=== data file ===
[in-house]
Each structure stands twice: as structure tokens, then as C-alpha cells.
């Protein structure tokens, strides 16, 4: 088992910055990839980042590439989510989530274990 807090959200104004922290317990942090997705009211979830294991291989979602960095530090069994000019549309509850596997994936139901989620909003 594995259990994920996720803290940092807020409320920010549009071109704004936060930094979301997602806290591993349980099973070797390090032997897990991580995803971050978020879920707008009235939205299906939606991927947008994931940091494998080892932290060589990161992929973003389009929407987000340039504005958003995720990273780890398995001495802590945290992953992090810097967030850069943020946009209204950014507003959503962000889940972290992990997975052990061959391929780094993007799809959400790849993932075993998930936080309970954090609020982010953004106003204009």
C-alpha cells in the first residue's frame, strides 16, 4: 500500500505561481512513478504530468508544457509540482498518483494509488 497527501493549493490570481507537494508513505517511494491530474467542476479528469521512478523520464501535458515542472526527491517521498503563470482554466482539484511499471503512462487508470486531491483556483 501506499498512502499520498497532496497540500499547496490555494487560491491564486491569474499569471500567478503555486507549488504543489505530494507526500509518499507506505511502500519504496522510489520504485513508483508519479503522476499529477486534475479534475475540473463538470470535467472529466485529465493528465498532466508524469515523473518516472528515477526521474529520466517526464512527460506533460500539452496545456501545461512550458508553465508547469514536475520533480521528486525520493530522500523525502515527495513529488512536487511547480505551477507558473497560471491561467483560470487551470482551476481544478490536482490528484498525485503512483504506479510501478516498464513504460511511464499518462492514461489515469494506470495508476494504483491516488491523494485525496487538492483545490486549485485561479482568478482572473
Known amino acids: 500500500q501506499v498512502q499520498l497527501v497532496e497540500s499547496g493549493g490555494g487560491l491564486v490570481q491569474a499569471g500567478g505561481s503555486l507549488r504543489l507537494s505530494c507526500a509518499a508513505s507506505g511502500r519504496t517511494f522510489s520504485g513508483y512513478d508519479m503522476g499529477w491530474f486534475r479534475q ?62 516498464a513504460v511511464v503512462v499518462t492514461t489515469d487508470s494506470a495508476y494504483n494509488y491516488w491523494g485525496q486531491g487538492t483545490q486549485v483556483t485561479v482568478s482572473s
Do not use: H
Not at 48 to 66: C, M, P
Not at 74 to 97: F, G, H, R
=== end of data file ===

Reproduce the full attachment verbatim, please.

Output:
[in-house]
Each structure stands twice: as structure tokens, then as C-alpha cells.
């Protein structure tokens, strides 16, 4: 088992910055990839980042590439989510989530274990 807090959200104004922290317990942090997705009211979830294991291989979602960095530090069994000019549309509850596997994936139901989620909003 594995259990994920996720803290940092807020409320920010549009071109704004936060930094979301997602806290591993349980099973070797390090032997897990991580995803971050978020879920707008009235939205299906939606991927947008994931940091494998080892932290060589990161992929973003389009929407987000340039504005958003995720990273780890398995001495802590945290992953992090810097967030850069943020946009209204950014507003959503962000889940972290992990997975052990061959391929780094993007799809959400790849993932075993998930936080309970954090609020982010953004106003204009």
C-alpha cells in the first residue's frame, strides 16, 4: 500500500505561481512513478504530468508544457509540482498518483494509488 497527501493549493490570481507537494508513505517511494491530474467542476479528469521512478523520464501535458515542472526527491517521498503563470482554466482539484511499471503512462487508470486531491483556483 501506499498512502499520498497532496497540500499547496490555494487560491491564486491569474499569471500567478503555486507549488504543489505530494507526500509518499507506505511502500519504496522510489520504485513508483508519479503522476499529477486534475479534475475540473463538470470535467472529466485529465493528465498532466508524469515523473518516472528515477526521474529520466517526464512527460506533460500539452496545456501545461512550458508553465508547469514536475520533480521528486525520493530522500523525502515527495513529488512536487511547480505551477507558473497560471491561467483560470487551470482551476481544478490536482490528484498525485503512483504506479510501478516498464513504460511511464499518462492514461489515469494506470495508476494504483491516488491523494485525496487538492483545490486549485485561479482568478482572473
Known amino acids: 500500500q501506499v498512502q499520498l497527501v497532496e497540500s499547496g493549493g490555494g487560491l491564486v490570481q491569474a499569471g500567478g505561481s503555486l507549488r504543489l507537494s505530494c507526500a509518499a508513505s507506505g511502500r519504496t517511494f522510489s520504485g513508483y512513478d508519479m503522476g499529477w491530474f486534475r479534475q ?62 516498464a513504460v511511464v503512462v499518462t492514461t489515469d487508470s494506470a495508476y494504483n494509488y491516488w491523494g485525496q486531491g487538492t483545490q486549485v483556483t485561479v482568478s482572473s
Do not use: H
Not at 48 to 66: C, M, P
Not at 74 to 97: F, G, H, R